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Attachment Security and Caregiving Scripts: Links to Prosocial Comforting

dc.contributor.advisorCassidy, Jude Aen_US
dc.contributor.authorMartin, David R.en_US
dc.description.abstractProsocial behavior is a key marker of healthy social development in children. Studies consistently find that attachment security is an important predictor of children’s prosocial behavior. Studies investigating mechanisms that explain this relation are not necessary for understanding prosocial development. The goal of this study was to investigate a proposed mechanism, caregiving scripts, that might explain the relation between attachment security and prosocial comforting. A community sample of four-year old children (n = 88) completed a series of lab tasks assessing their attachment security, caregiving script knowledge, and response to an experimenter’s distress. Results reveal that attachment security predicted children’s comforting behavior and caregiving script knowledge. However, contrary to hypotheses, caregiving scripts did not mediate the relation between attachment security and prosocial comforting These findings are partially consistent with previous results and suggest that further study is necessary to understand the function of the caregiving script.en_US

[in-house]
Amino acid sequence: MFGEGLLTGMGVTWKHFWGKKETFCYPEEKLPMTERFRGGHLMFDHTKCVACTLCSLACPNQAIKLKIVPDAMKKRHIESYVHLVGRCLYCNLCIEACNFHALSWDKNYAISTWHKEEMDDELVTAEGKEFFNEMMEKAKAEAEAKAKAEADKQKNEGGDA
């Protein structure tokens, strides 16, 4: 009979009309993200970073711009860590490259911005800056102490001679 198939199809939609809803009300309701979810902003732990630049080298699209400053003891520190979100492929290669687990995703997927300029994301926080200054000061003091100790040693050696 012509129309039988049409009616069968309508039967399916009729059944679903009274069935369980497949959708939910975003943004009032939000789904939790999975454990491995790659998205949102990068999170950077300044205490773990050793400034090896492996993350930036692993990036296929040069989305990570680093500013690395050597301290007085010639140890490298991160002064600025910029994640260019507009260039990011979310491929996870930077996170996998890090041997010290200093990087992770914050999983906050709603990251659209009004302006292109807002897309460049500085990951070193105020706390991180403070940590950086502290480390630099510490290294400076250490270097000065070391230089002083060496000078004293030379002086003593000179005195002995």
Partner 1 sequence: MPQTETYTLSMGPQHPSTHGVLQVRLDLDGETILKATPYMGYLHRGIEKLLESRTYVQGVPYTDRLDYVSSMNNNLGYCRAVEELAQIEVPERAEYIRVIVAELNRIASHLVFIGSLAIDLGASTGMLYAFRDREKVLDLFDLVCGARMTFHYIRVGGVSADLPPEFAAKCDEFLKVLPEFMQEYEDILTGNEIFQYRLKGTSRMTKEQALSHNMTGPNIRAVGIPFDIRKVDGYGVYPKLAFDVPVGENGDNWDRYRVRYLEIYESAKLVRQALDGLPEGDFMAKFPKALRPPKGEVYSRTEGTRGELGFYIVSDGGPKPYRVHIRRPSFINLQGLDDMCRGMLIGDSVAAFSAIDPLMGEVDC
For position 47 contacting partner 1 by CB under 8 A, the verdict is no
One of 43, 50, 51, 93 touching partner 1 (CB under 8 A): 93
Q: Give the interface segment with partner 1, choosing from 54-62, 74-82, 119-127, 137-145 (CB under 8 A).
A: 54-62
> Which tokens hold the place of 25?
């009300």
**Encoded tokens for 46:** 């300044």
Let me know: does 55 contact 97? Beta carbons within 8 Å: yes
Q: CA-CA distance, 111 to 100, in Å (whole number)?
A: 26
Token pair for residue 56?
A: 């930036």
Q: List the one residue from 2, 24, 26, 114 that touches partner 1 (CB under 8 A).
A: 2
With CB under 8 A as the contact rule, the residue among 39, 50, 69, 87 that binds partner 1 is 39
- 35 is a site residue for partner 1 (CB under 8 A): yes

dc.titleAttachment Security and Caregiving Scripts: Links to Prosocial Comfortingen_US
dc.contributor.publisherDigital Repository at the University of Marylanden_US
dc.contributor.publisherUniversity of Maryland (College Park, Md.)en_US
dc.subject.pqcontrolledDevelopmental psychologyen_US
dc.subject.pquncontrolledProsocial Comfortingen_US

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